The delay gave an almost unprecedented twist to an address that had been planned to press Congress to vote quickly on his request. Instead, Obama used it to make the case for a response without knowing if that response will be military or diplomatic. Based on their instant responses Tuesday night, it was clear most members prefer the latter.
"I support his diplomatic efforts to promptly bring Syria's chemical weapons arsenal, one of the world's largest, under international control," said Senate Armed Services Committee Chairman Carl Levin, D-Mich. "I agree with the president that Syria and Russia would not have raised that possibility if not for the credible threat of military force."
Senate Foreign Relations Committee Chairman Robert Menendez, D-N.J., said in a statement that while he has doubts about "this 11th-hour offer, it would be wrong to slam the door shut without due consideration.
"A negotiated solution to a crisis is always preferable and if this possibility is legitimate, I'll give it serious thought," Menendez said. "At the same time, the credible use of military force is necessary to keep on the table."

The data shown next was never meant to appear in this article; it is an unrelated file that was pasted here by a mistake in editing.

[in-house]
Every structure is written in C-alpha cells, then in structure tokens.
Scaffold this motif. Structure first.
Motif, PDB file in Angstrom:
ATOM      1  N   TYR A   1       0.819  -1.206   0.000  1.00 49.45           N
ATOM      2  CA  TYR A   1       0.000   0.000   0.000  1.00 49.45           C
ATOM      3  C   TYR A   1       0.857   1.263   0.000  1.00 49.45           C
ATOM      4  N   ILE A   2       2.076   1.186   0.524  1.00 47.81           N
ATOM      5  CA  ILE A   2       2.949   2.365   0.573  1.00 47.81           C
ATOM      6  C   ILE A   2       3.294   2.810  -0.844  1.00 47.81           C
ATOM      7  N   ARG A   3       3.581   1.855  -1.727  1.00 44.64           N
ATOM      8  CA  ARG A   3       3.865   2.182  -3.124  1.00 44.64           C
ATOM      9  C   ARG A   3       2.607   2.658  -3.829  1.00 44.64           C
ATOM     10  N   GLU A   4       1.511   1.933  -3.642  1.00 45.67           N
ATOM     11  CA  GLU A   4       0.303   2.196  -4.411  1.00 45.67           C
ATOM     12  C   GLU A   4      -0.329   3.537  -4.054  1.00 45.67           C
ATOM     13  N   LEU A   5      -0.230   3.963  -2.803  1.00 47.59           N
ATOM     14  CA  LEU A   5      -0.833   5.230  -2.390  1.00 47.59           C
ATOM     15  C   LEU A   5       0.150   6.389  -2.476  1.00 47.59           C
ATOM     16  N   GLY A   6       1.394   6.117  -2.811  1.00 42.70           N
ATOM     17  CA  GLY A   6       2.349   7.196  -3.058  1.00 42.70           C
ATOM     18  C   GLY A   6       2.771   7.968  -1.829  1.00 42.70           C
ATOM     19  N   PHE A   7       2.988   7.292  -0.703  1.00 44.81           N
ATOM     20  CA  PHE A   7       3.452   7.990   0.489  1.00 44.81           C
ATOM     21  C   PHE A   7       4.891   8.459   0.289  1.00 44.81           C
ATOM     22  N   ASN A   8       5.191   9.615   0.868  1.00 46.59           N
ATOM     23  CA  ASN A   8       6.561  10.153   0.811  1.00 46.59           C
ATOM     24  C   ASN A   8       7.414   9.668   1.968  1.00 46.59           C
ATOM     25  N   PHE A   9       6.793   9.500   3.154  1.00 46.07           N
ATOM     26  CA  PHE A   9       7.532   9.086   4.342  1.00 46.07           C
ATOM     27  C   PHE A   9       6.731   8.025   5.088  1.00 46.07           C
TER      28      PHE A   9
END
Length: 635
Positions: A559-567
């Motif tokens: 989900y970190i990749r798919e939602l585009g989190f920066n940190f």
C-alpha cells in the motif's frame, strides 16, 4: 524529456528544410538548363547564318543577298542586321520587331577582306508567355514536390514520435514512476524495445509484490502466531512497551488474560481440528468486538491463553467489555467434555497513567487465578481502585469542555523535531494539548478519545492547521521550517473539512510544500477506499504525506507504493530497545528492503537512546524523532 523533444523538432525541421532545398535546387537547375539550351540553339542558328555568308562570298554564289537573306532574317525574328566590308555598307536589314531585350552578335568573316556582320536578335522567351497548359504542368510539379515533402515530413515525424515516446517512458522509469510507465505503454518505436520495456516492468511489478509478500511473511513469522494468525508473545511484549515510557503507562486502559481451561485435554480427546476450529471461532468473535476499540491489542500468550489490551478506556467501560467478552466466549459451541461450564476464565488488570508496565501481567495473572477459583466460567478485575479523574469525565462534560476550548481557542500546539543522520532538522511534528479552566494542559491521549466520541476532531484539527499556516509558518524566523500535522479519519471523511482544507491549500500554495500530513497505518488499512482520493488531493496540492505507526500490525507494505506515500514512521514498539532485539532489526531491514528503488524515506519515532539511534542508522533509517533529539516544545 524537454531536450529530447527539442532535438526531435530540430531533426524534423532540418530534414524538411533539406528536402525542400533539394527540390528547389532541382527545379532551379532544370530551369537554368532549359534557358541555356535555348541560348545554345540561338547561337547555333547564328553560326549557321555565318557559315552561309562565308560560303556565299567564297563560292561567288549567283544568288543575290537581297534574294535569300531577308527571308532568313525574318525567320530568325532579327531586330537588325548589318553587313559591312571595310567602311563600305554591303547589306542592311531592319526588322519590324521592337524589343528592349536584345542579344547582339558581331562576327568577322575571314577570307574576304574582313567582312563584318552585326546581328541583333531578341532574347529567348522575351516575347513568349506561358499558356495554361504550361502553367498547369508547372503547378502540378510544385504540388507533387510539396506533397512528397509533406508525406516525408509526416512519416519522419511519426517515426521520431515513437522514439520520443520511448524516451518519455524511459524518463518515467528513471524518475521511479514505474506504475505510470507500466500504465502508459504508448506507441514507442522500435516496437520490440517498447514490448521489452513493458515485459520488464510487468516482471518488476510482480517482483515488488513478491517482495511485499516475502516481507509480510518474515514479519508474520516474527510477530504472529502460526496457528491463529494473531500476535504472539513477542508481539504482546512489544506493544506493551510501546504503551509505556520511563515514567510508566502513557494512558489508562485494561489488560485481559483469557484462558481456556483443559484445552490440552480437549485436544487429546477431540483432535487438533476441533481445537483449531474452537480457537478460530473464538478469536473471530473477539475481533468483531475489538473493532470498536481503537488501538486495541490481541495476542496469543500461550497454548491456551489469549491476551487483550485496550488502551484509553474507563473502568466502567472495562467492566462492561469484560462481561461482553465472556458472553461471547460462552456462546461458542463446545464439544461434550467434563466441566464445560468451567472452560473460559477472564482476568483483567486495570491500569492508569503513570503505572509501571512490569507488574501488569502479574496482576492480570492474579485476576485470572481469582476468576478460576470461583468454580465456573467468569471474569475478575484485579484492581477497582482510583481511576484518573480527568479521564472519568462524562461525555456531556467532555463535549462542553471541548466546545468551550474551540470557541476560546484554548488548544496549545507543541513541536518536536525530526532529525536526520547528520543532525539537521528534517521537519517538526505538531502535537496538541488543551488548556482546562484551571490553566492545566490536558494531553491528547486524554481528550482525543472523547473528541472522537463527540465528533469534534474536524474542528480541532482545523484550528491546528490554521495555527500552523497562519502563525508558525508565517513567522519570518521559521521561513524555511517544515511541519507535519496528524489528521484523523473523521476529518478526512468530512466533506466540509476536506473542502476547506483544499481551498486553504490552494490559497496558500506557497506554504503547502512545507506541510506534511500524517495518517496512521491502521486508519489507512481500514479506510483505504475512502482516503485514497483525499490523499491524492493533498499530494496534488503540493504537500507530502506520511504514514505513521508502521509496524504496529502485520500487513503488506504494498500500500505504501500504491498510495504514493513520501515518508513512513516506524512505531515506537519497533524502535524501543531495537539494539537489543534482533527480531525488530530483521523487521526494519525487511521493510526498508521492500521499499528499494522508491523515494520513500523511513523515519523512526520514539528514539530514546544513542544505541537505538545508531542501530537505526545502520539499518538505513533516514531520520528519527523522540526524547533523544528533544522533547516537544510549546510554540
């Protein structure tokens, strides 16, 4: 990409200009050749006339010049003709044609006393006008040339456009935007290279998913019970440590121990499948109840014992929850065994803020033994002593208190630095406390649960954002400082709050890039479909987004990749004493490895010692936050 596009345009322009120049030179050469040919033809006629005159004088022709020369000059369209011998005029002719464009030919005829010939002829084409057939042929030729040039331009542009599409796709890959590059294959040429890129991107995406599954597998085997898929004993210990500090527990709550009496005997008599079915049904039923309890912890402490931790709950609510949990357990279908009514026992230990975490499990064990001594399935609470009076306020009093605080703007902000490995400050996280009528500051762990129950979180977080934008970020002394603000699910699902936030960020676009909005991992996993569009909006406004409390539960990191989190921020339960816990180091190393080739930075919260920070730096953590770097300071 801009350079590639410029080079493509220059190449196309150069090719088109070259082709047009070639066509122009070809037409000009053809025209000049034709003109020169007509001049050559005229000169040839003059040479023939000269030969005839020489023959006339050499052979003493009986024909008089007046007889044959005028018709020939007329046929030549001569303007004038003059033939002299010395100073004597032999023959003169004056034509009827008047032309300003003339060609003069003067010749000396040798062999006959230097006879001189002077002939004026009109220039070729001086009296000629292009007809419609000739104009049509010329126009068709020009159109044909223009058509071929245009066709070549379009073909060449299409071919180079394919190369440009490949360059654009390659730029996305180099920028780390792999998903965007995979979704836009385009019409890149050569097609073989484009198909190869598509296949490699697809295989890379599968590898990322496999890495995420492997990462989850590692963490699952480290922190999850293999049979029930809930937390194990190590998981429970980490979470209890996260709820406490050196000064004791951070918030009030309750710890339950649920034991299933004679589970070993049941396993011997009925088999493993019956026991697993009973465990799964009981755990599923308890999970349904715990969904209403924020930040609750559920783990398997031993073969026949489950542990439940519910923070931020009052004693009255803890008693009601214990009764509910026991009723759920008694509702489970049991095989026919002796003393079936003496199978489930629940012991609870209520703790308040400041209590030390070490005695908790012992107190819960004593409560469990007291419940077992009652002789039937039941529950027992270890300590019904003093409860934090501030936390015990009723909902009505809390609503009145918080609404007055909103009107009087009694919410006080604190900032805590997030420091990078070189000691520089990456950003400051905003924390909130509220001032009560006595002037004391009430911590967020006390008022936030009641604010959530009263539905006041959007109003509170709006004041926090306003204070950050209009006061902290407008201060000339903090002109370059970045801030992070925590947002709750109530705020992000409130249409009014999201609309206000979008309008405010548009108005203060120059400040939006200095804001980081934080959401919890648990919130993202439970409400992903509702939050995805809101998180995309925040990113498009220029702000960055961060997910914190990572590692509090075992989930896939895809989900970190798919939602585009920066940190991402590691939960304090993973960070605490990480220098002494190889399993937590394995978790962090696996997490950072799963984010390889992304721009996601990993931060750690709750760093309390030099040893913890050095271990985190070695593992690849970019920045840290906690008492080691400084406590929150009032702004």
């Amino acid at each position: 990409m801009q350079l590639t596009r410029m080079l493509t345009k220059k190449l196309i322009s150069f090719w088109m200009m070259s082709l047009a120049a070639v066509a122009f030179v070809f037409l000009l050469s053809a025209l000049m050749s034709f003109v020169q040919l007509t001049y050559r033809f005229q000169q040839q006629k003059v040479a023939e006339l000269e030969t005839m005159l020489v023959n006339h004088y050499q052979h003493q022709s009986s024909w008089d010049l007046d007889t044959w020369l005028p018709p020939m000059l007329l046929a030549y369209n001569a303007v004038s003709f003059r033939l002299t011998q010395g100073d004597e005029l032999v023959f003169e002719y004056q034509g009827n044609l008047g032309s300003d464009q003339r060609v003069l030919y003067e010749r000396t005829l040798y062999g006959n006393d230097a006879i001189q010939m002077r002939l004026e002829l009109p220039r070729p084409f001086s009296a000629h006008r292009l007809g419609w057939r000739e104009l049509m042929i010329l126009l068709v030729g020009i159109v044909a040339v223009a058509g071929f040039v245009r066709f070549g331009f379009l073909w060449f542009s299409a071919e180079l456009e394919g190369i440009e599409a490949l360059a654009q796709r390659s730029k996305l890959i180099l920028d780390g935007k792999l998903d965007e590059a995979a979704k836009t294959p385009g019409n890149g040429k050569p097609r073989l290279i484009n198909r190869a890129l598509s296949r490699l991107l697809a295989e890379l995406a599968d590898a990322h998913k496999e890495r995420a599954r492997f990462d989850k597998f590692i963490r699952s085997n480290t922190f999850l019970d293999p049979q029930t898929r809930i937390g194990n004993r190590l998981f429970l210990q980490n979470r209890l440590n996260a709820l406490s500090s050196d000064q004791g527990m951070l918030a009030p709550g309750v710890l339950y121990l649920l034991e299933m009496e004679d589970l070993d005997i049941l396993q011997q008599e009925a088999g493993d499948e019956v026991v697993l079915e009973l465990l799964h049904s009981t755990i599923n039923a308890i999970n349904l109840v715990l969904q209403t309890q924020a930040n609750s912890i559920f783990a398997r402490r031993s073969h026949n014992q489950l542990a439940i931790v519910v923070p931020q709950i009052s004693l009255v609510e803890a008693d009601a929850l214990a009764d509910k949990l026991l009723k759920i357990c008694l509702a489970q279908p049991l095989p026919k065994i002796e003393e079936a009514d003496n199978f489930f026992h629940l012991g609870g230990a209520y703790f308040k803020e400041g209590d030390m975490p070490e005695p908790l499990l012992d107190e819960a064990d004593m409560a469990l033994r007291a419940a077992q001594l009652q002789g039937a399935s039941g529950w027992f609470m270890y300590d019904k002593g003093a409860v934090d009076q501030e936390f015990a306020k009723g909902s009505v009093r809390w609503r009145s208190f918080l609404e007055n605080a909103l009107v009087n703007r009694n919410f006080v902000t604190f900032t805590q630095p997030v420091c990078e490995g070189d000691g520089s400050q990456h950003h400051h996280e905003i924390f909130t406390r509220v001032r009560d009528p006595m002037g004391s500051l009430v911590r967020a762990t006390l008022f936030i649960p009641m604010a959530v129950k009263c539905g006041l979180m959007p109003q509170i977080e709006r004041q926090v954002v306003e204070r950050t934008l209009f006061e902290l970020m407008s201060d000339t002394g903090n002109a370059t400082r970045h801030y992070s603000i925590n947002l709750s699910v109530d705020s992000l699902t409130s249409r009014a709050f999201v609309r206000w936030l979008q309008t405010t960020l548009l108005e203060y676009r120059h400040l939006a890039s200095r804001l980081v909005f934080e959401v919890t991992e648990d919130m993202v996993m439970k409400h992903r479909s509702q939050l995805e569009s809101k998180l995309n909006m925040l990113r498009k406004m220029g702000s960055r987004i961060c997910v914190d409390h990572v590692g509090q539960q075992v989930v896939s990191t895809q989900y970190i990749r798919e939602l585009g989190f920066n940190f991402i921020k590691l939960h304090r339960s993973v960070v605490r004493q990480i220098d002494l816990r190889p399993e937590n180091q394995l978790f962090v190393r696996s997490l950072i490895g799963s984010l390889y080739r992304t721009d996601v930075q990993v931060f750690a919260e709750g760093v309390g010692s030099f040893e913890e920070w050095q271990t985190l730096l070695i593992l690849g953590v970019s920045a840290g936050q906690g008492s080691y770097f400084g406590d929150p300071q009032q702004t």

Two Senate hawks, however, said Obama isn't being strong enough in his response to Assad's use of chemical weapons in August. Sens. John McCain, R-Ariz., and Lindsey Graham, R-S.C., released a joint statement saying they "regret that he did not speak more forcefully about the need to increase our military assistance to moderate opposition forces in Syria, such as the Free Syrian Army."
"We also regret that he did not lay out a clearer plan to test the seriousness of the Russian and Syrian proposal to transfer the Assad regime's chemical weapons to international custody," McCain and Graham said.
In his speech, the president talked of diplomatic agreements and international conventions against chemical weapons. But the lawyer in him took a back seat to the father as he repeatedly painted a vivid picture of the suffering caused by Syria's Aug. 21 use of sarin gas against Assad's opponents. Seven times in the 15-minute address, the president spoke emotionally of the children who were killed and maimed in that attack.
"The images from this massacre are sickening," he said. "Men, women, children lying in rows, killed by poison gas, others foaming at the mouth, gasping for breath, a father clutching his dead children, imploring them to get up and walk." Grimly, he urged members of Congress "to view those videos of the attack and then ask, what kind of world will we live in if the United States of America sees a dictator brazenly violate international law with poison gas and we choose to look the other way?" Directing remarks to his own political base, liberals, he asked them to think of "those images of children writhing in pain and going still on a cold hospital floor, for sometimes resolutions and statements of condemnation are simply not enough."